The Kinabatangan River
The Kinabatangan River is actually a forested floodplain, an area on the north-eastern coast of Malaysian Borneo that has been set aside as a wildlife sanctuary. Much of the surrounding land is endless palm plantations making this a vitally important haven for Borneo’s wildlife.
The animals and birds are condensed into this forested corridor by the encroaching plantations, making them pretty easy to see yet it is heartbreaking to understand why.
To get to Kinabatangan we flew from Kuching, Sarawak to Sandakan, Sabah via Kota Kinabalu, the flight took us over what I assume to be the forested floodplain, a snaking river appeared through the clouds.
As we got nearer to Sandakan the realisation that much of the green was actually neat, gridded palm plantations, not wild ancient rainforest. From the air, the extent of the plantations is alarming.
We were picked up from the airport by a minibus that would transport us to our accommodation, the journey took a few hours and miraculously the plantations dropped away and the rainforest rose up around the road.
We had booked a room at the Sukau Greenview B&B, on arrival we were given our schedule for the next 40 hours: there were cruises, jungle trekking and a night walk. The accommodation was basic but clean – there are cockroaches but, hey, you’re in the rainforest.
I did have a bit of an issue though on the second night when I woke in the night to visit the bathroom and found 3, yes 3, big cockroaches chowing down on one of our toothbrushes, oh god, just thinking about it…must.stop.thinking.about.it. But, like I said, it’s the jungle.
We’d booked a package: accommodation plus tours. This began with an afternoon river cruise, dinner and a night cruise. We appeared to be the only independent travellers staying that night, and we had the boat to ourselves.
It was a wet afternoon, the boat headed off the main river and down narrow channels in the waterlogged forest. It was pretty special but very unphotogenicly grey with the weather.
The night cruise was very uneventful, I don’t think we saw anything other than the odd roosting kingfisher.
The following morning was clear and bright, we took a dawn cruise up to Oxbow lake.
The guide was good, he knew his stuff. It didn’t take long to see Proboscis Monkeys up in the canopy and it was magical cruising through the green canals in the cool morning air.
Tiny Kingfishers flitted along the waters, perching on posts and branches to wait for a catch. They are so beautiful, such vibrant plumage.
We watched macaques leap across the channels with the help of rope ‘bridges’, even a proboscis monkey took a great leap across.
Stopping to photograph one kingfisher next to the riverbank the boatman spotted a snake, curled up on a branch just above his head!
We did a jungle trek with the guide, we didn’t see a great deal other than some Proboscis Monkeys high up above us which was rather special.
Seemingly we had missed seeing Pygmy Elephants by a day or two, they’d been spotted a few kilometres away.
On the morning cruise Chris told the guide that he really wanted to see a Rhinoceros Hornbill but we’d had no luck. He said he’d take us somewhere else on the evening cruise, somewhere where there’d be more chance of seeing them.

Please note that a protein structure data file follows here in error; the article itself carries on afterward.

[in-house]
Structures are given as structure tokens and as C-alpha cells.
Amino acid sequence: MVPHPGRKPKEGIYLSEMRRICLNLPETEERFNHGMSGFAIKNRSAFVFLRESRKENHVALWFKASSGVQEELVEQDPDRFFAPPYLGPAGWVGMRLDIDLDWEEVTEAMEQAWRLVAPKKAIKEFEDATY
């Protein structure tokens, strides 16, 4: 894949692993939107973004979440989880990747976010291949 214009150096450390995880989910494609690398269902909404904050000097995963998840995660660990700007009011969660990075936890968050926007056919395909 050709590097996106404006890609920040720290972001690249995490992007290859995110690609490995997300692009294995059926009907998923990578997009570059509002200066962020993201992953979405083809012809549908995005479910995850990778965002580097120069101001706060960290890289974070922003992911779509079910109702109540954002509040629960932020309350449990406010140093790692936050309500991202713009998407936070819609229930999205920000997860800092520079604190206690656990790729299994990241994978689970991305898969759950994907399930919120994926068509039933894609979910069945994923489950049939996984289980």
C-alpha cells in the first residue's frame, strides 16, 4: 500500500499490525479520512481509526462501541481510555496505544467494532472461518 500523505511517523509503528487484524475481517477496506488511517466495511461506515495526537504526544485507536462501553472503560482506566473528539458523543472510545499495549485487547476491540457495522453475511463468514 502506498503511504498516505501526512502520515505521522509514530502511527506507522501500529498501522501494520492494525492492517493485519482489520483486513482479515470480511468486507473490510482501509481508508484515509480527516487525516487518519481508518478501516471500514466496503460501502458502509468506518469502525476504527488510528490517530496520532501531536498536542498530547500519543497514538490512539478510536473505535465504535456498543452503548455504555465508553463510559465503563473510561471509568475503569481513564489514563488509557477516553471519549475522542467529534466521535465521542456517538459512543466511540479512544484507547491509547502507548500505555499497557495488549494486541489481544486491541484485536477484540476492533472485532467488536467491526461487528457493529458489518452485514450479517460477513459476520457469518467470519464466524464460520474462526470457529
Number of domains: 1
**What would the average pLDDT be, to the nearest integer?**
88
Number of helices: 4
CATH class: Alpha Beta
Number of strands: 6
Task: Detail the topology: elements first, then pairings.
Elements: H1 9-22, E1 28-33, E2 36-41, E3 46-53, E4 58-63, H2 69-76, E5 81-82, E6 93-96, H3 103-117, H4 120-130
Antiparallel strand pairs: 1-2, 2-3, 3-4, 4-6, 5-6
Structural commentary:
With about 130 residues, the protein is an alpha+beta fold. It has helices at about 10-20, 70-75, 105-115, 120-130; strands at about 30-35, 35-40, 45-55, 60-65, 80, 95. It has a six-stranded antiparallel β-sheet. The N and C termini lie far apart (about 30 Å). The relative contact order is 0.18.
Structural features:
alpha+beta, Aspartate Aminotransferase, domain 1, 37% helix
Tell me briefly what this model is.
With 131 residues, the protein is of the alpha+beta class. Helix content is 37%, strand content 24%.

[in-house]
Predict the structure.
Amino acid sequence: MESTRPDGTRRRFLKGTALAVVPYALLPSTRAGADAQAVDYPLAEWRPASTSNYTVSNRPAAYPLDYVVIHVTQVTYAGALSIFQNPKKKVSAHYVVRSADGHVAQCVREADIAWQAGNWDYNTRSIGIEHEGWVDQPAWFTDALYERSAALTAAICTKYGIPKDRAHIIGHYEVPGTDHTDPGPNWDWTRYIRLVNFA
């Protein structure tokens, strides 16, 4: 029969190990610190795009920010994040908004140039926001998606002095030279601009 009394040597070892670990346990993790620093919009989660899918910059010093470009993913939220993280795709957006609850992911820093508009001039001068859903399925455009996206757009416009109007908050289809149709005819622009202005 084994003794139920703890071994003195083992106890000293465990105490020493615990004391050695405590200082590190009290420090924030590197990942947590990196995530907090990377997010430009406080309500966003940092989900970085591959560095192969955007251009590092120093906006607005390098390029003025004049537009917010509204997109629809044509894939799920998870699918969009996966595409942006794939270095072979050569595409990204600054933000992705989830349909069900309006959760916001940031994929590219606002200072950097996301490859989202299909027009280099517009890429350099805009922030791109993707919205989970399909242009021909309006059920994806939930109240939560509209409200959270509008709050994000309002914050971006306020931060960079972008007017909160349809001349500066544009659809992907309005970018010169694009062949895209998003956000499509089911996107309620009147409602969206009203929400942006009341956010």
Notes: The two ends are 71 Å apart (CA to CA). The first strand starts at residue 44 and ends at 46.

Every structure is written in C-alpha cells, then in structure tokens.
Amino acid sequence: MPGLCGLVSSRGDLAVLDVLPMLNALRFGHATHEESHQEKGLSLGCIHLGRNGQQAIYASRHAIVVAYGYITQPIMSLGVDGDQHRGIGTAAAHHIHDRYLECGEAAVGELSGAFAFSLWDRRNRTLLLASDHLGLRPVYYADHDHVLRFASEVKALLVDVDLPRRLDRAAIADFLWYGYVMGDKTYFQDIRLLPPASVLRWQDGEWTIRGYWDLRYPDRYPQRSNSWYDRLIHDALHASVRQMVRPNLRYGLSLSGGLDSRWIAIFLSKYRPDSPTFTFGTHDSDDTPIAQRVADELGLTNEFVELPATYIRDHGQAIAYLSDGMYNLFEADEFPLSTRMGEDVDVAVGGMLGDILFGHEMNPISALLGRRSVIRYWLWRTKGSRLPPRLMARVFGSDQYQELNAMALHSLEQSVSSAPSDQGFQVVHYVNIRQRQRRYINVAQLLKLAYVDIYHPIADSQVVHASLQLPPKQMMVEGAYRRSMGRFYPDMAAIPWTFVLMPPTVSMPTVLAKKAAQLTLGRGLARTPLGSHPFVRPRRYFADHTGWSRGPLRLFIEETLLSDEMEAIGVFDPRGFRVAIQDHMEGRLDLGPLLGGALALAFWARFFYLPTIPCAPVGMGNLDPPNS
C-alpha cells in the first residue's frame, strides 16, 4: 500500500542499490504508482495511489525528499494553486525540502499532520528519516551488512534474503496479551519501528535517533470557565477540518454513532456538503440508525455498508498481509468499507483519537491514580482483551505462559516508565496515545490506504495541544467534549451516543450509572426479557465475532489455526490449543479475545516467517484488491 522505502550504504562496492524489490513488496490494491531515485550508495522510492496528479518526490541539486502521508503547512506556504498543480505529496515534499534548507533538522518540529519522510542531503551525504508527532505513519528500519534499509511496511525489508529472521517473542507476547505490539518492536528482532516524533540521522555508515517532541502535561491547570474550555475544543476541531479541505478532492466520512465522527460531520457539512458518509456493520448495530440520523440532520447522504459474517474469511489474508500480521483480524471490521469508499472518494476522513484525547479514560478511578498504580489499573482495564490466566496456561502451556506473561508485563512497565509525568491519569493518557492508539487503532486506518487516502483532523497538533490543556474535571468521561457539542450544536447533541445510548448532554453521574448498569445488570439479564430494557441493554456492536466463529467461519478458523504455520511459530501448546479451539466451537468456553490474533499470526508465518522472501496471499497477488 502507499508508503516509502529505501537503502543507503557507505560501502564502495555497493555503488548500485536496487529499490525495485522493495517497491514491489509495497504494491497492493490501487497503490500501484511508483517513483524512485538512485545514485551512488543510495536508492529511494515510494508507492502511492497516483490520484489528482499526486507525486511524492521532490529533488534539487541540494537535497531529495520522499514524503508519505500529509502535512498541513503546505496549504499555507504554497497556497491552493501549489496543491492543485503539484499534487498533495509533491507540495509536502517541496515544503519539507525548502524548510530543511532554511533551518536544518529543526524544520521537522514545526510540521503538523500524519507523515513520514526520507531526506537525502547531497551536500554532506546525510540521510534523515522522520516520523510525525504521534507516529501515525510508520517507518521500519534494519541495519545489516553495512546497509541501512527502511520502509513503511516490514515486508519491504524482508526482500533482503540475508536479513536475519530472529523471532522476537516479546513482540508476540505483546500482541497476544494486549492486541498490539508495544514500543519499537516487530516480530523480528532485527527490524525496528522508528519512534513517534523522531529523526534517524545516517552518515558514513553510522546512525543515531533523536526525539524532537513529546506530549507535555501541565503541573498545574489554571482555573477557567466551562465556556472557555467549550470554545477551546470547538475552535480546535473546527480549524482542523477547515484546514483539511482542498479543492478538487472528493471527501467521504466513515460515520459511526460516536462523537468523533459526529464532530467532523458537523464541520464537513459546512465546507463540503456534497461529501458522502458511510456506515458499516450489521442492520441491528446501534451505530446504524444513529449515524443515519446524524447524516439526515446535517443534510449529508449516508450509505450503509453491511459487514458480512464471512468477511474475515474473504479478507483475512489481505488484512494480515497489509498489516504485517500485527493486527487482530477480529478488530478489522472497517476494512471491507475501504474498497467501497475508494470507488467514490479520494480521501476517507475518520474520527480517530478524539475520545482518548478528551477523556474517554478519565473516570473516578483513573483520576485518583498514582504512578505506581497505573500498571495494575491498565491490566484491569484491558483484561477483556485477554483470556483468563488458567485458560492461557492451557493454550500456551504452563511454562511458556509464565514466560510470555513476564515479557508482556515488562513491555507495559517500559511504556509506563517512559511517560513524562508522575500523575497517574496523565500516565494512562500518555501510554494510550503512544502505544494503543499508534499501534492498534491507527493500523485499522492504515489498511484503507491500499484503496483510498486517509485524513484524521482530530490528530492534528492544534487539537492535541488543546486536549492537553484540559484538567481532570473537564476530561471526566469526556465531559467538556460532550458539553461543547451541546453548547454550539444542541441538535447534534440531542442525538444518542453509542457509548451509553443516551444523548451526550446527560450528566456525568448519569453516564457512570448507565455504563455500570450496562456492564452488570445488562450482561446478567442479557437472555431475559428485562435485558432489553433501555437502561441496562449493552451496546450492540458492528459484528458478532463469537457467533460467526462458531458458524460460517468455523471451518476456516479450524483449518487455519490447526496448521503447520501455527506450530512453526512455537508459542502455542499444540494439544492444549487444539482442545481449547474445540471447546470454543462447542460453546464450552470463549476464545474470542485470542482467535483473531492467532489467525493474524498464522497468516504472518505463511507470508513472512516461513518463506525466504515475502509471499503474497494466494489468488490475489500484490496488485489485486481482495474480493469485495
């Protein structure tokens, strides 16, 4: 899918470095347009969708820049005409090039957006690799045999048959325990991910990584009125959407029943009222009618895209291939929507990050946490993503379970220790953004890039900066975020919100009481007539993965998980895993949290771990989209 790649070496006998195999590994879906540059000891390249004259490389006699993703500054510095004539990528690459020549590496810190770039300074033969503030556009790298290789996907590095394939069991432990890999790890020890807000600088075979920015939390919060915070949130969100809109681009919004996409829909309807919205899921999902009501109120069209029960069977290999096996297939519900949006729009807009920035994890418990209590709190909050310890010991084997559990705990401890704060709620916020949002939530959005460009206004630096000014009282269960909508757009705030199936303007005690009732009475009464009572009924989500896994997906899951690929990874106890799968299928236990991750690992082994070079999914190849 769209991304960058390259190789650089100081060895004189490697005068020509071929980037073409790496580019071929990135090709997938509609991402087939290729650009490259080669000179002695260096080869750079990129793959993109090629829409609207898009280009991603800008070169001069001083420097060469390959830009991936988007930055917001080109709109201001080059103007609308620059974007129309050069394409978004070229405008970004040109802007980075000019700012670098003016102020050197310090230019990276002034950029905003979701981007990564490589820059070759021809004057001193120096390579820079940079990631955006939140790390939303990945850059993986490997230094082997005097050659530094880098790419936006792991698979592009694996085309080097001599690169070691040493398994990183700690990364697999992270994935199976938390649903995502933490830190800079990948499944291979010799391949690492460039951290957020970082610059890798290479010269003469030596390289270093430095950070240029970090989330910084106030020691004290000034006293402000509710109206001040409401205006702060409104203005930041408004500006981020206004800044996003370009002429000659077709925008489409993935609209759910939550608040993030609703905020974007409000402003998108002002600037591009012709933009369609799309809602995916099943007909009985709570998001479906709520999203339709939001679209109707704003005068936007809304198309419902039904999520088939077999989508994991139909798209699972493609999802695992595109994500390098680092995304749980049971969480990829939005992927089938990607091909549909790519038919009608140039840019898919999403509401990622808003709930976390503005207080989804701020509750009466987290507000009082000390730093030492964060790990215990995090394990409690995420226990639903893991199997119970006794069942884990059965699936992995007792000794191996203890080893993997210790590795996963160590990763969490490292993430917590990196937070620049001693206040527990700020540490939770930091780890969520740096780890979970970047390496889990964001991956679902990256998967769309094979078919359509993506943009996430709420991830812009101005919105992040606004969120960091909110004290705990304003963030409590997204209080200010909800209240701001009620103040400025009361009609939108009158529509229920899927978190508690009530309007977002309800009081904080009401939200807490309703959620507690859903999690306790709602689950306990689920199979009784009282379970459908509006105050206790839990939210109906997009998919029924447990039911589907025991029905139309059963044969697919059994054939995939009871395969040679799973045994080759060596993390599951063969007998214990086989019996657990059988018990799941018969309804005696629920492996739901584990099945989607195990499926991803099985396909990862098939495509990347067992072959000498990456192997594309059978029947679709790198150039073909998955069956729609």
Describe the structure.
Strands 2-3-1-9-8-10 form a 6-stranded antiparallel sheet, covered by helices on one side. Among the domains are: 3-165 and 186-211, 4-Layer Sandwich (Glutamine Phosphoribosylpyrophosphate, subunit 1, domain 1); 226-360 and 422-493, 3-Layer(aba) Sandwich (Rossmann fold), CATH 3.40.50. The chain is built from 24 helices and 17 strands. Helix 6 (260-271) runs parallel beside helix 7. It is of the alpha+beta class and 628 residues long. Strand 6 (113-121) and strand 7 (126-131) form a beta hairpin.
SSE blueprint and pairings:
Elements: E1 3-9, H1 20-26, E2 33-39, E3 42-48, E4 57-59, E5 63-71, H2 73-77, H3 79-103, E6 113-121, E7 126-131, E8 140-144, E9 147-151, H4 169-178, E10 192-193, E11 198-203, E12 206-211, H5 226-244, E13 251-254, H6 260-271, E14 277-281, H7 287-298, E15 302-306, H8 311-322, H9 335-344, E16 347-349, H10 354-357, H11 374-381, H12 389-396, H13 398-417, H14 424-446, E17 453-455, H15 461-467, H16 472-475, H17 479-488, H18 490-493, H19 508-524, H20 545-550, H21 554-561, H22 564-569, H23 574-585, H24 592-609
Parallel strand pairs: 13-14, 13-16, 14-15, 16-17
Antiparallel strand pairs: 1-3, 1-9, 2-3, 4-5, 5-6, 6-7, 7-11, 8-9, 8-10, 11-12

A little way on they got a call, we’d have to go back to the B&B to pick up two more people. This was a bit annoying as it was eating into our cruise time. There then followed some confusion, the other two never arrived and the guide was given the message we were to find the hornbills.
The new guide was lovely although inexperienced, she explained she used to work at the B&B as a housekeeper and now she was training to be a guide. The young boatman surprised us by actually knowing his stuff, he may have been a bit eager with his boat handling but he knew the call of the Rhinoceros Hornbill!
It was getting late in the afternoon, we heard the hornbills calling and headed across the river to try to see them. And there they were, two in a tree: it was unbelievable, we’d given up hope of seeing them.
It turned out there were four of them, when one took off to fly to another tree we got a good look at him, what a beauty!
There were high-fives around the boat, what had started off as a disappointing, slightly shambolic cruise had ended on an absolute high with this sighting.
The Rhinoceros Hornbill is the national bird of Malaysia and it adorns many souvenirs, statues and artworks, it is superb to see one in the wild.
Unfortunately, these magnificent birds need the old rainforest to survive, a shrinking habitat. It is so very sad.
Our final activity was a night safari, by now I think the Sukau Greenview B&B had given up on us, we had to push to have the night safari and it was our young boatman who led the way. Rather than a bit of rainforest, they took us round the back of the B&B into some scrubby woodland, dotted with oil palm and rather difficult to negotiate. I’m pretty sure we got lost and went around in a circle a few times, the only thing we saw was a teeny tiny roosting kingfisher.
It was a disappointing end to our stay and it definitely knocked a few points off, it certainly felt like we’d been forgotten about, palmed off.
We left Kinabatangan feeling both elated and deflated. We had seen some amazing wildlife: we hadn’t seen wild orang-utan, or the pygmy elephants but what we had seen had been spectacular.
In places along the river though we’d seen how thin this reserve is, just a few riverside trees then plantations. It brings into clarity what we are loosing: the Kinabatangan River feels like a museum piece, a fragile, beautiful example of how it used to be. And it is heartbreaking.
- Most of the wildlife photos in this post were taken by Christopher Hodgson of photogravy.co.uk, the ones without the vagabondbaker watermark.
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